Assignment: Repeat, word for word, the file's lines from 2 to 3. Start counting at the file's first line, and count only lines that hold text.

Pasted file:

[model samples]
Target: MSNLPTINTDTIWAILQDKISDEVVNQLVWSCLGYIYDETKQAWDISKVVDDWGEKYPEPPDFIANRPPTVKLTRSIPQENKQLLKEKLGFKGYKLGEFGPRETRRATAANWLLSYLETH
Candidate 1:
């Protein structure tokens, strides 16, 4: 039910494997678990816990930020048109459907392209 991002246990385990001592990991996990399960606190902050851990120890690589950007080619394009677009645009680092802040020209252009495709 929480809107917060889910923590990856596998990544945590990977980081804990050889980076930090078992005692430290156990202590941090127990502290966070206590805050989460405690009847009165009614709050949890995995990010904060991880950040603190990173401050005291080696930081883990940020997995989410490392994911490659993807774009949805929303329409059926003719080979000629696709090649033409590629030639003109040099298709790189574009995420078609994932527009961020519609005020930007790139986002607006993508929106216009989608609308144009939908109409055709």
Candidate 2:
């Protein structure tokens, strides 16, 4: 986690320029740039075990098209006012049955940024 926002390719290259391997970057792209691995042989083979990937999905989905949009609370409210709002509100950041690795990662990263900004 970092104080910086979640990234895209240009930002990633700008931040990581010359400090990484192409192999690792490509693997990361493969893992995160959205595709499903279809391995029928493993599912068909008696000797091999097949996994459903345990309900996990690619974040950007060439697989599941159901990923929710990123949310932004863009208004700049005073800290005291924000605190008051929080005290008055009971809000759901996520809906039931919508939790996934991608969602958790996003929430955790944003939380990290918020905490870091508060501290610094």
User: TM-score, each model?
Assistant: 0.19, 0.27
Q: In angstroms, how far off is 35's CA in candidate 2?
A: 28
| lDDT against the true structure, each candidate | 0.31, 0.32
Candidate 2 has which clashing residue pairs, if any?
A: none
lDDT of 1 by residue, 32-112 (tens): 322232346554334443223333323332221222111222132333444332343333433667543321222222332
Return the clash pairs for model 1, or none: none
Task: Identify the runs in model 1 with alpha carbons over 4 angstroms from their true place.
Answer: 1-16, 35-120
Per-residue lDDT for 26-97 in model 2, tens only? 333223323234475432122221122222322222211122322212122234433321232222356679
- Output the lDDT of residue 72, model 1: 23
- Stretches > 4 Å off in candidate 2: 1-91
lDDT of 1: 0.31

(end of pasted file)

Target: MSNLPTINTDTIWAILQDKISDEVVNQLVWSCLGYIYDETKQAWDISKVVDDWGEKYPEPPDFIANRPPTVKLTRSIPQENKQLLKEKLGFKGYKLGEFGPRETRRATAANWLLSYLETH
Candidate 1: